With family. So I was going in people's homes for six to eight hours a week and working with really little kids. And I think that that job specifically, it became something where I was thinking about them all weekend. It was hard to like to switch into my personal life after the nine to five was over.

And so that turned into something that was just kind of all consuming. And I think with this platform, I also have made it a point to not work 40 hours a week. I kind of cap it at 25. Um, and that way I have a better balance where I could be present for my clients during our time, and then not feel that kind of compassion fatigue after.

Okay. That's, I'm really glad you said that because I'm actually in this new job that I have, I'm kind of doing the same thing myself, because I think we can tell from studies around the world of some of the happiest countries, the countries that are doing it right. I think of the Scandinavia area or other places in Europe that cap their number of hours work.

You know, a week at like 30, 35, not 40. We are the workaholics of the world. And it is a crazy expectation that that is placed upon us to work 40, 50, 60 hours a week. Um, so I'm really glad that you do that because I'm doing that for myself too. I spend the first four hours of my day, every day, doing things for me, I wake up really early, so it's not so from like five to 9:00 AM or whatever, and then.

Then I worked for a couple hours, then maybe I exercise or go for a walk, get some sun, whatever it is, because that is very important. And then do some, do some more tasks. Absolutely. And working from home has added to that too, because that's an hour and a half of a commute that I don't have any more. So, you know, you can do yoga and cook yourself a nice breakfast and still get that full work day in.

Yeah. During the crazy last year, plus that it's been what have been the most common. Ailments. I don't know if that's the right word, but the most common complaints problems that people are coming to you with. It's a lot of anxiety and uncertainty about the future, especially when I was starting last year when we really didn't have a lot of answers, there was no.

Really information about a vaccine or anything like that. And just a lot of like life stressors and how this has impacted people's jobs, families, healthcare, things like that. So it's not a lot of it's interesting. Cause I think a lot of times people assume you can go to therapy and get advice and answers for things.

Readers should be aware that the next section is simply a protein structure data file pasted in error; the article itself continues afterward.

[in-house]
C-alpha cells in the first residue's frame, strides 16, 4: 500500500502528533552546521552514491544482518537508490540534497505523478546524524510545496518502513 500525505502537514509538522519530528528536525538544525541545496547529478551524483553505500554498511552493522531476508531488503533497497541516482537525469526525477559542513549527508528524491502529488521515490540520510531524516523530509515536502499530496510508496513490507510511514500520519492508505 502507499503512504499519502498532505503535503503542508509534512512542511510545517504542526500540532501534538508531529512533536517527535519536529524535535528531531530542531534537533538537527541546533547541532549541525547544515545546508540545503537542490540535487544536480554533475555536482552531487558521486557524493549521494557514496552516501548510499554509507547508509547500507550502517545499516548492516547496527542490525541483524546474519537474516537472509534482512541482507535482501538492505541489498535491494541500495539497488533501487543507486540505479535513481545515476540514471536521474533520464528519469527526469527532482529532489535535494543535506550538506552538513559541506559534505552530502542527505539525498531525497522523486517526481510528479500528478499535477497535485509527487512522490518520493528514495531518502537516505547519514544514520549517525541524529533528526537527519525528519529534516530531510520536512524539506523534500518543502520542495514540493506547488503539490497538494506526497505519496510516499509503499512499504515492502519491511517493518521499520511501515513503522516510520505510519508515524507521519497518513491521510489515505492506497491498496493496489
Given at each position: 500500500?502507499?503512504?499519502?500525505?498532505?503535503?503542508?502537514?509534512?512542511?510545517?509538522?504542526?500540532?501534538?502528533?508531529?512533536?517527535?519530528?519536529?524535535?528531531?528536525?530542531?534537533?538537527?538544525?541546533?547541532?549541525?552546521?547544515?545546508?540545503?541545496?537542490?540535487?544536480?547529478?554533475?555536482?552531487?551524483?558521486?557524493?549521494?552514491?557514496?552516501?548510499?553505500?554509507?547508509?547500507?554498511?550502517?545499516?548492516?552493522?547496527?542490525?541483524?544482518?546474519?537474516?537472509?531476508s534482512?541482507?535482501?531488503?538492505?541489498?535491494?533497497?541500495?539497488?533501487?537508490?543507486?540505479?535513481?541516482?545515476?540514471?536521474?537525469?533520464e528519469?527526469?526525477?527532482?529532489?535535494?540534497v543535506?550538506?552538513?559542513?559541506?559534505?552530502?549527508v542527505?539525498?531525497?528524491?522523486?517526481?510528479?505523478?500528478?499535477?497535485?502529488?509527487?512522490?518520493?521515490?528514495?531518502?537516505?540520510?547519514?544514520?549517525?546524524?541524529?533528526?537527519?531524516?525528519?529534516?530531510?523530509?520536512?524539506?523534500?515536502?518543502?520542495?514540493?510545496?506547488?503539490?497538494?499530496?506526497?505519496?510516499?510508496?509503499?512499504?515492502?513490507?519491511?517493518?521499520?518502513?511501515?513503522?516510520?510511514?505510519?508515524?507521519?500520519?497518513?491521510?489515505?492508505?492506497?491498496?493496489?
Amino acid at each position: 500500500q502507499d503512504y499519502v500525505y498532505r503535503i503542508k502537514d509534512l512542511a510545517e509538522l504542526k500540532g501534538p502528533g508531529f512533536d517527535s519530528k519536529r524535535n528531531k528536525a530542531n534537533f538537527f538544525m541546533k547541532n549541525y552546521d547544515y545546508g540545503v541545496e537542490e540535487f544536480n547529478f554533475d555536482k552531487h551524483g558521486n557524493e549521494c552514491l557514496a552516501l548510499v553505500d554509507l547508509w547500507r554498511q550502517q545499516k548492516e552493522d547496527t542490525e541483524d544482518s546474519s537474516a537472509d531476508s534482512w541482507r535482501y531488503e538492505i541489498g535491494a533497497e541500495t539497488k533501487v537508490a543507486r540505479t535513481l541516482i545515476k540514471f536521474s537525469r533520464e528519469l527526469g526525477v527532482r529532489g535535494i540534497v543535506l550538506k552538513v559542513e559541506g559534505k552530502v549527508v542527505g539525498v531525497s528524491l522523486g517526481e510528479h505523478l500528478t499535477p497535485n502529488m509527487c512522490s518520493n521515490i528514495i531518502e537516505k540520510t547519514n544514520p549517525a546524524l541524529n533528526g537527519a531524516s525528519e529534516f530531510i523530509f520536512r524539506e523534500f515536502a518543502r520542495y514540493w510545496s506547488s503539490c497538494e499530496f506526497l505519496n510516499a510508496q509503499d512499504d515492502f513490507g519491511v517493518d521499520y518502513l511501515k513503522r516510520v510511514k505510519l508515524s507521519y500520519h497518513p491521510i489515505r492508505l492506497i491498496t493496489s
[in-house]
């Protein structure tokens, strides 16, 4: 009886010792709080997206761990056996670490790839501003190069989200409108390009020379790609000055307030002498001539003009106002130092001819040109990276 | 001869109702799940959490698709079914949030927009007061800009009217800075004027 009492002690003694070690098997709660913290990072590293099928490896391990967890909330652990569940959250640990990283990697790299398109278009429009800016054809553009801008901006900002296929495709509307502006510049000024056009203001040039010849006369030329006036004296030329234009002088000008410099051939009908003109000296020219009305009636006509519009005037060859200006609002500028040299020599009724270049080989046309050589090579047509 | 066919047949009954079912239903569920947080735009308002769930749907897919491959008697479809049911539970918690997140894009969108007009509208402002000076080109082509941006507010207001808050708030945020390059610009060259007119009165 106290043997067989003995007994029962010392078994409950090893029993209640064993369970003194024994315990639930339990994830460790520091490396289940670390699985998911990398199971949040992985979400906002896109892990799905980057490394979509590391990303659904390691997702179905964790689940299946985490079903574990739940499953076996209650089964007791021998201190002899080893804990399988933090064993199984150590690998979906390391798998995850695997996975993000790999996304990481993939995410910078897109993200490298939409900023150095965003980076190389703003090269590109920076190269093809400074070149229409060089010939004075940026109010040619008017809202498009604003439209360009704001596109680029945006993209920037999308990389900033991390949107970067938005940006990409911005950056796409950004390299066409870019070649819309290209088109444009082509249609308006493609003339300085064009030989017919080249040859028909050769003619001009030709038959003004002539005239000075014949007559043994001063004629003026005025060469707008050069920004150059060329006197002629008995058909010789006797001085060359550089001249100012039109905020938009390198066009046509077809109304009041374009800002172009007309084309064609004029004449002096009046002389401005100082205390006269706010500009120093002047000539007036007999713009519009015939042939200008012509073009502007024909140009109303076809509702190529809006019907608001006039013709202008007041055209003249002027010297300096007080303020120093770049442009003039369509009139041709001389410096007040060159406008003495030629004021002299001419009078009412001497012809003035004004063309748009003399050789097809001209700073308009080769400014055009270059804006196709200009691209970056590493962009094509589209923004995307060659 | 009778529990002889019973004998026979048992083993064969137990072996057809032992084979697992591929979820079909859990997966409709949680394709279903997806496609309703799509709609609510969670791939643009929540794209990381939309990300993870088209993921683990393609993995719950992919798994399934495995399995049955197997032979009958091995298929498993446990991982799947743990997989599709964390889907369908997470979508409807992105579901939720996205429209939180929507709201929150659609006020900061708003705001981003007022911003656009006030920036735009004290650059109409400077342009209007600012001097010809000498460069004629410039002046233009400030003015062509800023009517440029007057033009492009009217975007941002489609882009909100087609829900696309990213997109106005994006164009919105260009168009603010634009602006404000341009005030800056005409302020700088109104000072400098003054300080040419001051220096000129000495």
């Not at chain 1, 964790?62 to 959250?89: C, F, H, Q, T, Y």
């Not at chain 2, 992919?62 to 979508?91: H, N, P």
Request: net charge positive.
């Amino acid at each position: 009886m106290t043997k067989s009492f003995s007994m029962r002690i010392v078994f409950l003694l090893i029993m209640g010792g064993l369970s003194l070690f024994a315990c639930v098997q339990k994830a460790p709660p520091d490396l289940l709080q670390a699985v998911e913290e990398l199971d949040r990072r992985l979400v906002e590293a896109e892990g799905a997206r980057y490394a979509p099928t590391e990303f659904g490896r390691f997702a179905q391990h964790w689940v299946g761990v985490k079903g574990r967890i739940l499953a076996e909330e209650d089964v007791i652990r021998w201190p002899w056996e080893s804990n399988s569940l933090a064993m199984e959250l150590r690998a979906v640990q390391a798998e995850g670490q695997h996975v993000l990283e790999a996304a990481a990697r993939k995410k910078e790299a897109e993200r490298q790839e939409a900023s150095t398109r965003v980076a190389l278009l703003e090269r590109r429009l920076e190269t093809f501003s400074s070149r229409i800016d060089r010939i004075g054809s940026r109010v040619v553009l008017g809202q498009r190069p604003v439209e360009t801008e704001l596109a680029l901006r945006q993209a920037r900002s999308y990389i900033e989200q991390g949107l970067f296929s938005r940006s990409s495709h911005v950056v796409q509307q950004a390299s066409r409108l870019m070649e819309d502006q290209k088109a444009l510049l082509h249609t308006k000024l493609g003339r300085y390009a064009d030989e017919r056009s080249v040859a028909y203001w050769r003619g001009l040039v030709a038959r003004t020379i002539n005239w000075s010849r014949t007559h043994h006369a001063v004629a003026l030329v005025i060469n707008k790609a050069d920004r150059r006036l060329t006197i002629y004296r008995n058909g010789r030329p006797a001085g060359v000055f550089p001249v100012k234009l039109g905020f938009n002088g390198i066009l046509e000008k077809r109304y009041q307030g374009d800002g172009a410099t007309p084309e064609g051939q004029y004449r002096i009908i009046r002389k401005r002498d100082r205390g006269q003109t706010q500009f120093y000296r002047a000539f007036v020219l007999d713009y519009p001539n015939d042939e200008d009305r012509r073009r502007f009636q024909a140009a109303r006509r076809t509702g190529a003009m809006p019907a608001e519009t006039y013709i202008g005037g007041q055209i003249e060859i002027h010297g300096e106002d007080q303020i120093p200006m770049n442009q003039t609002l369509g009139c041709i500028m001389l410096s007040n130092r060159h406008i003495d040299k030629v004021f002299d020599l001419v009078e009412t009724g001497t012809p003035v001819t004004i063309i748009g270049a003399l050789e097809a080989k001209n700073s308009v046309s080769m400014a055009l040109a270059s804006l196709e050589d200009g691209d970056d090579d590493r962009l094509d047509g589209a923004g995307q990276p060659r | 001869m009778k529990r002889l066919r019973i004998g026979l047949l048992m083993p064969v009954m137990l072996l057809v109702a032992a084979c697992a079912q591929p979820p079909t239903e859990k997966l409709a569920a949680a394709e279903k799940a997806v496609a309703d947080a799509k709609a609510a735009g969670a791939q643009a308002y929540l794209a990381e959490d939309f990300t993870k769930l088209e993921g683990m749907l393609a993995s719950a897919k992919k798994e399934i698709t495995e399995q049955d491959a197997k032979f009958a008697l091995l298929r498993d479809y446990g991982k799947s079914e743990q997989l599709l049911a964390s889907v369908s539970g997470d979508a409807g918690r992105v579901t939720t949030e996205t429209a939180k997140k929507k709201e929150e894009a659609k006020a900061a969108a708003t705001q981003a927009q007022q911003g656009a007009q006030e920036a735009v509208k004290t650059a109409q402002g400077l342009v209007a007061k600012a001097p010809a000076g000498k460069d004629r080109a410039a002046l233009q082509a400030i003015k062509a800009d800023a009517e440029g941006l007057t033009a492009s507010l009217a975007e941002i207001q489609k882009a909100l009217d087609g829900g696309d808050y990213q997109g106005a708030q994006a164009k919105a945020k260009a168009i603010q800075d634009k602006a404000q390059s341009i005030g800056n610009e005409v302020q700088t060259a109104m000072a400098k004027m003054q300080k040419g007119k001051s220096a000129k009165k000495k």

And that's not really what it is. It's more providing support and kind of, I, I have the outlook that my clients know. What they need at just, they might need a guide to help them find those answers. And that's what I try to be. Yeah. I I'm dealing with dealing with mental health is hard. I think all, all of us have definitely had our struggles of course, in the past.

But even me right now, moving out to a new place on my own. Don't don't really know anyone. I'm kind of isolated. I definitely have my bad days. You know, I have a BA I'm a very productive, a very efficient person. I liked. Getting shit done. And, but then you maybe just have one day a week where you're just kind of paralyzed by.

I don't want to be an active participant in human life today. I just want to lay in bed and I want to read, or I want to watch TV, TV, whatever, whatever it is. So, you know, the most common things with like depression is that, you know exactly what you need to do to get better, but you just cannot physically bring yourself to do it.

It's crazy. Yes. Yeah. And that's where I really try to be as holistic as possible. And I, I think like a person centered approach is what they would call it within like the theoretical models for therapy, but it's really taking. Each client case in an individual and unique way. And so some people I might recommend medication, I might recommend physical therapy, yoga, um, energy healing.

There's so many different modalities. And I don't think talk therapy is ever the only one. I mean, some, for some people, it is some people have their, those coping skills and those other ways of taking care of themselves already. But I think it's always beneficial to try at least a few others and see, see what works.